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A Consideration of Term Deposits versus Investing


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Two important considerations

Although term deposits are very popular in New Zealand, there are two main reasons why you may not want to invest the bulk of your long-term investment or retirement assets in term deposits.

  1. You want a more secure investment
  2. You want a better lifestyle

A more secure investment

It’s a bold statement, but a diversified portfolio could be more secure than a term deposit.

Let’s look at how this is the case.

In the last 30 years we’ve lived through two large scale banking disasters.  One was called the Savings and Loan Crisis, and the other, the Global Financial Crisis.

You may be thinking, “They were global.  How does that affect us locally?”  Well, when it comes to assessing the security of your money, all the experience we can gather counts.

In the Savings and Loan Crisis, 1,043 out of 3,234 savings and loan associations in the United States failed.  Over 1,000 other similar organisations also failed.

In the Global Financial Crisis, many banks defaulted and failed.  There were 25 such banks in 2008, 140 in 2009 and 157 in 2010.

From a New Zealand term deposit investor’s point of view, this experience is highly relevant.  The Reserve Bank suggests that the chance a bank with a lower credit rating (ie, a BBB rated bank in the table below) defaults on its obligation to pay back a term deposit or bond over five years is 1 in 30.


Chance of default within five years

Credit rating Example banks Approximate probability of default over five years*
AA- ANZ / ASB / BNZ / Westpac 1 in 300
A Rabobank / Kiwibank 1 in 150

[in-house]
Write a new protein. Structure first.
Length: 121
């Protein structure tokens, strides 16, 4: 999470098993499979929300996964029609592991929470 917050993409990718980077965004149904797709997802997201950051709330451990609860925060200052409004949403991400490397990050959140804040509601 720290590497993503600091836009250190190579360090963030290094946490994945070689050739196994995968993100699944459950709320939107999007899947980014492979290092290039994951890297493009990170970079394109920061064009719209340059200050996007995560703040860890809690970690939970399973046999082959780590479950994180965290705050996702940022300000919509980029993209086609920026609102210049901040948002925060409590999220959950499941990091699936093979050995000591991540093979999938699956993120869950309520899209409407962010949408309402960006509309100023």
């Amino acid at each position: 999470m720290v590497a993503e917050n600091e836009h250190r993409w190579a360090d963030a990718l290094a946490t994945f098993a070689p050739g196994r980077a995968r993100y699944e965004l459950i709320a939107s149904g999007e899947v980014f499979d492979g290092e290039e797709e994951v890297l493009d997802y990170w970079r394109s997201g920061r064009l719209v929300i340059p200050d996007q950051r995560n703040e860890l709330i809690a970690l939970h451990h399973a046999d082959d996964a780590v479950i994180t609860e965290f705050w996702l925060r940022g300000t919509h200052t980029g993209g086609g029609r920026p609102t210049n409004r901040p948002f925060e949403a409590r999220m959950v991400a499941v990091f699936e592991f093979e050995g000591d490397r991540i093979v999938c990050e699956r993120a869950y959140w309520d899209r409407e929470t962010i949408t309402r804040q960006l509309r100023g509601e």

BBB Heartland / Co-operative 1 in 30

* The approximate, median likelihood that an investor will not receive repayment on a five-year investment, on time and in full, based on historical default rates published by each agency.

Source – RBNZ Explaining Credit Ratings


Banks with stronger credit ratings (ie, a AA- rated bank in the table above) have a probability of default of 1 in 300, which is much better than 1 in 30.  However, BNZ is a AA- bank and it has been bailed out by the government twice in its 156 year history[1].

Compare this to a diversified share portfolio;  A diversified portfolio may own shares in upwards of 10,000 underlying companies.  Among those companies will be many publicly traded banks including ANZ, Westpac, ASB, etc, and the portfolio will also include over 200 other industries across 44 countries.

Such a portfolio may drop in price over the short term but should never suffer permanent capital loss.

On the other hand, if you hold your term deposit in a bank which defaults, permanent capital loss could very well be what you experience.

For a diversified portfolio’s value to drop to nothing, almost every company in the world would have to simultaneously go bankrupt; capitalism would cease as we know it.  In that world, no banks, agriculture or manufacturing would exist; no technology companies, utility companies or transport and logistics companies would exist.  If such a thing were to occur, and you were still alive, you would have greater concerns than your portfolio balance!  Furthermore, in such a world, your deposit at the bank would also be completely worthless.

So we can see that, unless the apocalypse occurs, a portfolio of the world’s greatest businesses can never be worth $0.  It can go down in price, but it can never go to $0.

Your term deposit at a small bank has up to a 1 in 30 chance of default.